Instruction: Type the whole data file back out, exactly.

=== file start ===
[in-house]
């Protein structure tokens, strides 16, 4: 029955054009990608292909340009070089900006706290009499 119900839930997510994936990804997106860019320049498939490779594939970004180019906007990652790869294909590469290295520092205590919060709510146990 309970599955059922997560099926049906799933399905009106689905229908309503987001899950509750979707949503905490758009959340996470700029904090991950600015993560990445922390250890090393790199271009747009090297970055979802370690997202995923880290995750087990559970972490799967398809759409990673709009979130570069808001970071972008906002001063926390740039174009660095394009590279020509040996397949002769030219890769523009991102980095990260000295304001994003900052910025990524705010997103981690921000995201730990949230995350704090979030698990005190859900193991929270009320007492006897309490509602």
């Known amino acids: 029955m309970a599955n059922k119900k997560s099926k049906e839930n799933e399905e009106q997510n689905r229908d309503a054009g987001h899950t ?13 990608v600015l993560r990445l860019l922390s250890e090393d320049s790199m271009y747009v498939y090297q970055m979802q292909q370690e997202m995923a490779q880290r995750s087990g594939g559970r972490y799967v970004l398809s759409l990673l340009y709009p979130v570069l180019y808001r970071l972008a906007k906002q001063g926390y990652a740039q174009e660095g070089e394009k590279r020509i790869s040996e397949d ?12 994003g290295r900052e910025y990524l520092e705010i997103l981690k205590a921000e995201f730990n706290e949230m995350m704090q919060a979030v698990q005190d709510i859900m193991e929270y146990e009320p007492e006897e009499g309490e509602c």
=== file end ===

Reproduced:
[in-house]
């Protein structure tokens, strides 16, 4: 029955054009990608292909340009070089900006706290009499 119900839930997510994936990804997106860019320049498939490779594939970004180019906007990652790869294909590469290295520092205590919060709510146990 309970599955059922997560099926049906799933399905009106689905229908309503987001899950509750979707949503905490758009959340996470700029904090991950600015993560990445922390250890090393790199271009747009090297970055979802370690997202995923880290995750087990559970972490799967398809759409990673709009979130570069808001970071972008906002001063926390740039174009660095394009590279020509040996397949002769030219890769523009991102980095990260000295304001994003900052910025990524705010997103981690921000995201730990949230995350704090979030698990005190859900193991929270009320007492006897309490509602």
């Known amino acids: 029955m309970a599955n059922k119900k997560s099926k049906e839930n799933e399905e009106q997510n689905r229908d309503a054009g987001h899950t ?13 990608v600015l993560r990445l860019l922390s250890e090393d320049s790199m271009y747009v498939y090297q970055m979802q292909q370690e997202m995923a490779q880290r995750s087990g594939g559970r972490y799967v970004l398809s759409l990673l340009y709009p979130v570069l180019y808001r970071l972008a906007k906002q001063g926390y990652a740039q174009e660095g070089e394009k590279r020509i790869s040996e397949d ?12 994003g290295r900052e910025y990524l520092e705010i997103l981690k205590a921000e995201f730990n706290e949230m995350m704090q919060a979030v698990q005190d709510i859900m193991e929270y146990e009320p007492e006897e009499g309490e509602c």